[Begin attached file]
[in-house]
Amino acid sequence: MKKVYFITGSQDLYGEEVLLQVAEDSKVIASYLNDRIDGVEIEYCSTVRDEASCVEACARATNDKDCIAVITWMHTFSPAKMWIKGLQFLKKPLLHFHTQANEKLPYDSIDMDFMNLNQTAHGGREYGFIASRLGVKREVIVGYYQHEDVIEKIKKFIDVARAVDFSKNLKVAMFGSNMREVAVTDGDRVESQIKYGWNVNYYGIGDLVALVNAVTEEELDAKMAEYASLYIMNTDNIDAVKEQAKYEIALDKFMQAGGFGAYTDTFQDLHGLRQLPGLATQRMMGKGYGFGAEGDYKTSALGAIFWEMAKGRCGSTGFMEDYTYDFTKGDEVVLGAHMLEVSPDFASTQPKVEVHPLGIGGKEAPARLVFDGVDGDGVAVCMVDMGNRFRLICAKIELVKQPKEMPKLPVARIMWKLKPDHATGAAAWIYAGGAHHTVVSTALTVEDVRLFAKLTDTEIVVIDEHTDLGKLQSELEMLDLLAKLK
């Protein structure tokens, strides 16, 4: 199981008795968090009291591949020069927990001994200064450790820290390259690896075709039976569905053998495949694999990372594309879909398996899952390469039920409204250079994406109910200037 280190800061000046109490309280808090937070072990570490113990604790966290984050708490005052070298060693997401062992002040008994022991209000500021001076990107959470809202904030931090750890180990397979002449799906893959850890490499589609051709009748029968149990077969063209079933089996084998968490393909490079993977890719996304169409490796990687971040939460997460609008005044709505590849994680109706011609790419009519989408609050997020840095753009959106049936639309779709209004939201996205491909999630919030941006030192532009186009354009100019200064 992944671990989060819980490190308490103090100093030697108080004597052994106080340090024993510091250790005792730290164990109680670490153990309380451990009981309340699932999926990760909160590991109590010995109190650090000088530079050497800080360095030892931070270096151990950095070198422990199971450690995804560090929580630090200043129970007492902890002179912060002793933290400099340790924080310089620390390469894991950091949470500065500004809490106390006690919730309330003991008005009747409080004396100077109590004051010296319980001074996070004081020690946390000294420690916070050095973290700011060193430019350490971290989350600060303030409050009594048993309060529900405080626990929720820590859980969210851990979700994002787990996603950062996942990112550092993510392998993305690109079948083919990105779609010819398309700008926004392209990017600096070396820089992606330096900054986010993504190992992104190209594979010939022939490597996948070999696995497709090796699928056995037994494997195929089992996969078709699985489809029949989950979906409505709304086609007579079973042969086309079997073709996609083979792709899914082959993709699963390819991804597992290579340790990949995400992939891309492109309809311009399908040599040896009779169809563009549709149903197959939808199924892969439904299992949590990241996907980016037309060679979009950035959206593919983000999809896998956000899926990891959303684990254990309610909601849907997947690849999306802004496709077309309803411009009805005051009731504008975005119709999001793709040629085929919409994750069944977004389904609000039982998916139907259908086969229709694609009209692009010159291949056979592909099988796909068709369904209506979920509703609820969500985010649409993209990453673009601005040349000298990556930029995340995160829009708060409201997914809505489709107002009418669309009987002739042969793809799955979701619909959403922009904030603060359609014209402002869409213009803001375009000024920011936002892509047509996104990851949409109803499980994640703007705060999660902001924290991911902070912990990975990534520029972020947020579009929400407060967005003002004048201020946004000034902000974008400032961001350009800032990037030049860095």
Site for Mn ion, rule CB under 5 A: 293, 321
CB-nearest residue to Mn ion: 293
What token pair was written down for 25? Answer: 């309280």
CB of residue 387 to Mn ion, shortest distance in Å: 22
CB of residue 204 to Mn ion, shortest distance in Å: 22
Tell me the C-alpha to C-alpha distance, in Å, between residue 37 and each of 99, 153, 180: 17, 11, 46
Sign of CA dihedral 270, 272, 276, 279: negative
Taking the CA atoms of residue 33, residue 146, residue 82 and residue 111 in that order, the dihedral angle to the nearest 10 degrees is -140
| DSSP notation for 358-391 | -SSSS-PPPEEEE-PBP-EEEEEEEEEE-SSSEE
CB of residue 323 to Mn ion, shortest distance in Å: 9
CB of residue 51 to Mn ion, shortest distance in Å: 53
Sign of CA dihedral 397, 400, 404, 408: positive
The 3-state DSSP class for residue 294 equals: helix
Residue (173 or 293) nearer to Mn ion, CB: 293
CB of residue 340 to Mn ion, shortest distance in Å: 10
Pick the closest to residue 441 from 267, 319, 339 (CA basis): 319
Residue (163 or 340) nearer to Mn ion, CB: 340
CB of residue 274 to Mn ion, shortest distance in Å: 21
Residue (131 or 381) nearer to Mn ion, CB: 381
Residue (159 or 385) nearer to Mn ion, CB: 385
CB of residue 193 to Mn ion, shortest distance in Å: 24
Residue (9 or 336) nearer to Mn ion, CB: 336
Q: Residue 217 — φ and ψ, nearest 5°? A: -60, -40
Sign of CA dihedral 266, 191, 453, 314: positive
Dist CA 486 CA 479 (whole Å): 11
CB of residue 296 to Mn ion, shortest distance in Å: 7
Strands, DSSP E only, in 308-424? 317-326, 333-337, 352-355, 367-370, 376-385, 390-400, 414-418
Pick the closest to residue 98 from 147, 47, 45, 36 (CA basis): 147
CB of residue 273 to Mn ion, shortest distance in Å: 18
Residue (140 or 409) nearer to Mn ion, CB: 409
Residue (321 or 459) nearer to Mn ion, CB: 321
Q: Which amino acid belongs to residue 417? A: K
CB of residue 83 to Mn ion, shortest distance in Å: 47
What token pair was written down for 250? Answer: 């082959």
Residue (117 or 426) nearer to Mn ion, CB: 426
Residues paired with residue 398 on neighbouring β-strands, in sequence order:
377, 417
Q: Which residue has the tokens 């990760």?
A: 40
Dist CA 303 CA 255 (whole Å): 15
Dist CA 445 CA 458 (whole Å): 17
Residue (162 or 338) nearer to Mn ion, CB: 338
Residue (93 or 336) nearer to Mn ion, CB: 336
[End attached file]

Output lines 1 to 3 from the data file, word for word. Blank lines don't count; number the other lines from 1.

[in-house]
Amino acid sequence: MKKVYFITGSQDLYGEEVLLQVAEDSKVIASYLNDRIDGVEIEYCSTVRDEASCVEACARATNDKDCIAVITWMHTFSPAKMWIKGLQFLKKPLLHFHTQANEKLPYDSIDMDFMNLNQTAHGGREYGFIASRLGVKREVIVGYYQHEDVIEKIKKFIDVARAVDFSKNLKVAMFGSNMREVAVTDGDRVESQIKYGWNVNYYGIGDLVALVNAVTEEELDAKMAEYASLYIMNTDNIDAVKEQAKYEIALDKFMQAGGFGAYTDTFQDLHGLRQLPGLATQRMMGKGYGFGAEGDYKTSALGAIFWEMAKGRCGSTGFMEDYTYDFTKGDEVVLGAHMLEVSPDFASTQPKVEVHPLGIGGKEAPARLVFDGVDGDGVAVCMVDMGNRFRLICAKIELVKQPKEMPKLPVARIMWKLKPDHATGAAAWIYAGGAHHTVVSTALTVEDVRLFAKLTDTEIVVIDEHTDLGKLQSELEMLDLLAKLK
């Protein structure tokens, strides 16, 4: 199981008795968090009291591949020069927990001994200064450790820290390259690896075709039976569905053998495949694999990372594309879909398996899952390469039920409204250079994406109910200037 280190800061000046109490309280808090937070072990570490113990604790966290984050708490005052070298060693997401062992002040008994022991209000500021001076990107959470809202904030931090750890180990397979002449799906893959850890490499589609051709009748029968149990077969063209079933089996084998968490393909490079993977890719996304169409490796990687971040939460997460609008005044709505590849994680109706011609790419009519989408609050997020840095753009959106049936639309779709209004939201996205491909999630919030941006030192532009186009354009100019200064 992944671990989060819980490190308490103090100093030697108080004597052994106080340090024993510091250790005792730290164990109680670490153990309380451990009981309340699932999926990760909160590991109590010995109190650090000088530079050497800080360095030892931070270096151990950095070198422990199971450690995804560090929580630090200043129970007492902890002179912060002793933290400099340790924080310089620390390469894991950091949470500065500004809490106390006690919730309330003991008005009747409080004396100077109590004051010296319980001074996070004081020690946390000294420690916070050095973290700011060193430019350490971290989350600060303030409050009594048993309060529900405080626990929720820590859980969210851990979700994002787990996603950062996942990112550092993510392998993305690109079948083919990105779609010819398309700008926004392209990017600096070396820089992606330096900054986010993504190992992104190209594979010939022939490597996948070999696995497709090796699928056995037994494997195929089992996969078709699985489809029949989950979906409505709304086609007579079973042969086309079997073709996609083979792709899914082959993709699963390819991804597992290579340790990949995400992939891309492109309809311009399908040599040896009779169809563009549709149903197959939808199924892969439904299992949590990241996907980016037309060679979009950035959206593919983000999809896998956000899926990891959303684990254990309610909601849907997947690849999306802004496709077309309803411009009805005051009731504008975005119709999001793709040629085929919409994750069944977004389904609000039982998916139907259908086969229709694609009209692009010159291949056979592909099988796909068709369904209506979920509703609820969500985010649409993209990453673009601005040349000298990556930029995340995160829009708060409201997914809505489709107002009418669309009987002739042969793809799955979701619909959403922009904030603060359609014209402002869409213009803001375009000024920011936002892509047509996104990851949409109803499980994640703007705060999660902001924290991911902070912990990975990534520029972020947020579009929400407060967005003002004048201020946004000034902000974008400032961001350009800032990037030049860095």